Many IT organizations have aspired to build a private cloud only to find that they don’t have the granular control over IT infrastructure to deliver on that promise. To solve that problem, ZeroStack unveiled DevOps Workbench, a framework internal IT organizations can employ to present developers with a set of options that can self-select to automate the deployment of an application in an on-premises environment.
DevOps Workbench is designed to layer on top of the ZeroStack Intelligent Cloud Platform, which combines 40 developer tools and templates on top of a layer of abstraction based on a Kernel-based virtual machine (KVM) to unify the management of underlying IT infrastructure via a cloud management service. Steve Garrison, vice president of marketing for ZeroStack, says DevOps Workbench adds a self-service framework on top of that private cloud to present developers with an experience similar to the way they provision resources on a public cloud. The company also announced it has added DeployHub, continuous deployment software from OpenMake, to the portfolio of DevOps tools it makes available.
Garrison says developers have been doing an end run around internal IT organizations for years now because it takes too long for internal IT teams to make infrastructure resources available. ZeroStack aims to solve that problem by first applying an abstraction layer to create the private cloud, which is then managed via a suite of software-as-a-service (SaaS) applications that ZeroStack exposes in the cloud.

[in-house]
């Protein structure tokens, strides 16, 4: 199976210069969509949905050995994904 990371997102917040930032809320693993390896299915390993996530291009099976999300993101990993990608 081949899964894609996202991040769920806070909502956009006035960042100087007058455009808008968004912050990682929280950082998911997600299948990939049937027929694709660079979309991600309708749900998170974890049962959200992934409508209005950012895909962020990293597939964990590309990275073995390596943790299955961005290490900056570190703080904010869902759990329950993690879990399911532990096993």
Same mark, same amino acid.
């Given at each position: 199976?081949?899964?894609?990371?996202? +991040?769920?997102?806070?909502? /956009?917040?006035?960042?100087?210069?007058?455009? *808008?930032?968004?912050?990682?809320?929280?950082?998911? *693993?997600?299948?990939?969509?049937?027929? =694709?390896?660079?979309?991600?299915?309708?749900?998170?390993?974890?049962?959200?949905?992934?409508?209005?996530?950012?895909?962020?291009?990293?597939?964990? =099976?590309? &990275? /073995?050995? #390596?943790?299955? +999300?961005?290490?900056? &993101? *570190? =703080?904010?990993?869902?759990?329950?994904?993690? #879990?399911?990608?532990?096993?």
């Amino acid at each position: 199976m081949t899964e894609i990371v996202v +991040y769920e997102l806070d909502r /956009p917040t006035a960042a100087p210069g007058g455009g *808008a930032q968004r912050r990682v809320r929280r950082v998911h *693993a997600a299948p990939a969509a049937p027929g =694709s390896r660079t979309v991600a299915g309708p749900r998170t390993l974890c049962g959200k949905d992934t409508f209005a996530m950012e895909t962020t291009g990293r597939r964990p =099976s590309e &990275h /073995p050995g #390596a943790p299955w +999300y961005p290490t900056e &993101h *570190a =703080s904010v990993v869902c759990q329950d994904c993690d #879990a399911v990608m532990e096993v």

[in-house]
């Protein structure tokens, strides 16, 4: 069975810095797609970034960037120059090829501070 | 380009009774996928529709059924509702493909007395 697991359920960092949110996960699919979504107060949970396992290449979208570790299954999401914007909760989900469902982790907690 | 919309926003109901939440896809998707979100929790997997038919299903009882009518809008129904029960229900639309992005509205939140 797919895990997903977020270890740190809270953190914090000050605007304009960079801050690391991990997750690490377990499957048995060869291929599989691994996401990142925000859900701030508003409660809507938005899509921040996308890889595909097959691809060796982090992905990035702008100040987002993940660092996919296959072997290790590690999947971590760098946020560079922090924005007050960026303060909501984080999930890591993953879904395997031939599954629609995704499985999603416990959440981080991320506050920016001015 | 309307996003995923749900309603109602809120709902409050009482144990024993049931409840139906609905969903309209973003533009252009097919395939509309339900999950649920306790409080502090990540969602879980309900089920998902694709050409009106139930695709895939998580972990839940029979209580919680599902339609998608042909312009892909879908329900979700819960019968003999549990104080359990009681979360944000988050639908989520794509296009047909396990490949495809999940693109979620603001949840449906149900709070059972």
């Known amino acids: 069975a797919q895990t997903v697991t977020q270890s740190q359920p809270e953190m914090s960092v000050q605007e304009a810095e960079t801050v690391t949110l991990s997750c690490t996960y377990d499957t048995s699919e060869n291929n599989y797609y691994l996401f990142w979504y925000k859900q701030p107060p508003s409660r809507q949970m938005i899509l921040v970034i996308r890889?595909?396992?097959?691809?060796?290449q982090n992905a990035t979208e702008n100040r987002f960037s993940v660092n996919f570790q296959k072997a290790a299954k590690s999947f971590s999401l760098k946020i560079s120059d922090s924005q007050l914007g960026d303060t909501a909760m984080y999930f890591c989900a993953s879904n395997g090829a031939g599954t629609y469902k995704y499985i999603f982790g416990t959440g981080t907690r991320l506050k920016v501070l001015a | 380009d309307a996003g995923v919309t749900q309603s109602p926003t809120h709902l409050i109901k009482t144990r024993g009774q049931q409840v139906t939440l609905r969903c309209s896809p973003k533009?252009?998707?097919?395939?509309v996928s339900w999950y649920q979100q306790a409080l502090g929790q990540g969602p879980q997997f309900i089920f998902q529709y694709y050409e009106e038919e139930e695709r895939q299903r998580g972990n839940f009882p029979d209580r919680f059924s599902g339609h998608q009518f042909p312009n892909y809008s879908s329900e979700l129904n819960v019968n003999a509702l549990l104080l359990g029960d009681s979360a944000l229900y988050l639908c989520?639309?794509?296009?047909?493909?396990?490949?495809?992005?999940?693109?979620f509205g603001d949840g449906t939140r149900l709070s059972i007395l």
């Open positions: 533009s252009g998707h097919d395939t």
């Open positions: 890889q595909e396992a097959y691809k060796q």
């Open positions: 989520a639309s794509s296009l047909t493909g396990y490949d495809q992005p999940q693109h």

Rather than trying to force collaboration between developers and internal IT teams, Garrison says DevOps Workbench allows both groups to accomplish what they need without getting in each other’s way. Developers can access a user interface to provision IT infrastructure within a set of use cases predefined by the internal IT team.
Because of performance issues and compliance concerns, there are whole hosts of applications that will not be deployed in a public cloud. But the IT teams who manage those applications are still under pressure to provide developers with a cloud-like experience. In fact, Garrison notes that in 2017 research by Gartner found that 76 percent of respondents indicated that they are using DevOps in regulated situations, an increase from 47 percent in 2015.
ZeroStack rivals also are advocating transitions to software-defined data centers (SDDC). But most of those efforts involve expensive upgrades to both software running on virtual machines and the underlying infrastructure. Garrision says a private cloud approach that relies on cloud management services provides a faster, less costly, means to achieving the same goal, especially in midmarket IT organizations that don’t have access to much internal expertise to begin with. He adds that ZeroStack is committed to providing support for additional hypervisors soon.
Most IT organizations are still a long way from being able to build, deploy and manage a true private cloud at scale. Most of them have what might be more aptly described as large virtual machine farms. The operating costs associated with managing virtual machine farms will eventually push most IT organizations to some form of an SDDC platform. It’s just not clear yet what the preferred path for making that journey will be.